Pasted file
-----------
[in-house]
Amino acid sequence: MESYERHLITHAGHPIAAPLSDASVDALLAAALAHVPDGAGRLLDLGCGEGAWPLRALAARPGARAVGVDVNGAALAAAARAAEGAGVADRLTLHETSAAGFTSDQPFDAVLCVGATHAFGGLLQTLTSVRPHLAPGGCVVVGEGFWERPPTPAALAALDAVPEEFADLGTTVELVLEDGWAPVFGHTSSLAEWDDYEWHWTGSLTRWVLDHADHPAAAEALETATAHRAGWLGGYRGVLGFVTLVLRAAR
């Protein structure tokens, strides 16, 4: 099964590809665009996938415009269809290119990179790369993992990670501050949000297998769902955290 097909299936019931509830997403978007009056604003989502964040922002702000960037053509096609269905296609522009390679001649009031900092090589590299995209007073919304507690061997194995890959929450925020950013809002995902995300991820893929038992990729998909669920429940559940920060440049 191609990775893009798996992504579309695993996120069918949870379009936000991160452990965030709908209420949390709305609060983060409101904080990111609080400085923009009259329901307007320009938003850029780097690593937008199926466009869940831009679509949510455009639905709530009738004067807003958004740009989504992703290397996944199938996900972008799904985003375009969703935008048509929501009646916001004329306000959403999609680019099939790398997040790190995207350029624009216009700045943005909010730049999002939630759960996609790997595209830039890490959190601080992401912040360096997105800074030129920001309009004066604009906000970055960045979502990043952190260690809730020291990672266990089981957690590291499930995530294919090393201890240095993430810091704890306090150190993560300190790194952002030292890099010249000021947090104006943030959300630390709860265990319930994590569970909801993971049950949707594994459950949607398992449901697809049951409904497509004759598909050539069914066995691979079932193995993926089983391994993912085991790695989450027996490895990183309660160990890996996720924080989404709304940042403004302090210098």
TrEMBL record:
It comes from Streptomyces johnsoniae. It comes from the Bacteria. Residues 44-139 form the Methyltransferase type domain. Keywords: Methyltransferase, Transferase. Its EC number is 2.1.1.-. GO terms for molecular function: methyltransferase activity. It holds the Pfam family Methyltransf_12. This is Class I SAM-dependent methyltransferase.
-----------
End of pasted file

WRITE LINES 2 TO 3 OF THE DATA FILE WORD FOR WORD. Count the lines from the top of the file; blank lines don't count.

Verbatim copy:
Amino acid sequence: MESYERHLITHAGHPIAAPLSDASVDALLAAALAHVPDGAGRLLDLGCGEGAWPLRALAARPGARAVGVDVNGAALAAAARAAEGAGVADRLTLHETSAAGFTSDQPFDAVLCVGATHAFGGLLQTLTSVRPHLAPGGCVVVGEGFWERPPTPAALAALDAVPEEFADLGTTVELVLEDGWAPVFGHTSSLAEWDDYEWHWTGSLTRWVLDHADHPAAAEALETATAHRAGWLGGYRGVLGFVTLVLRAAR
């Protein structure tokens, strides 16, 4: 099964590809665009996938415009269809290119990179790369993992990670501050949000297998769902955290 097909299936019931509830997403978007009056604003989502964040922002702000960037053509096609269905296609522009390679001649009031900092090589590299995209007073919304507690061997194995890959929450925020950013809002995902995300991820893929038992990729998909669920429940559940920060440049 191609990775893009798996992504579309695993996120069918949870379009936000991160452990965030709908209420949390709305609060983060409101904080990111609080400085923009009259329901307007320009938003850029780097690593937008199926466009869940831009679509949510455009639905709530009738004067807003958004740009989504992703290397996944199938996900972008799904985003375009969703935008048509929501009646916001004329306000959403999609680019099939790398997040790190995207350029624009216009700045943005909010730049999002939630759960996609790997595209830039890490959190601080992401912040360096997105800074030129920001309009004066604009906000970055960045979502990043952190260690809730020291990672266990089981957690590291499930995530294919090393201890240095993430810091704890306090150190993560300190790194952002030292890099010249000021947090104006943030959300630390709860265990319930994590569970909801993971049950949707594994459950949607398992449901697809049951409904497509004759598909050539069914066995691979079932193995993926089983391994993912085991790695989450027996490895990183309660160990890996996720924080989404709304940042403004302090210098």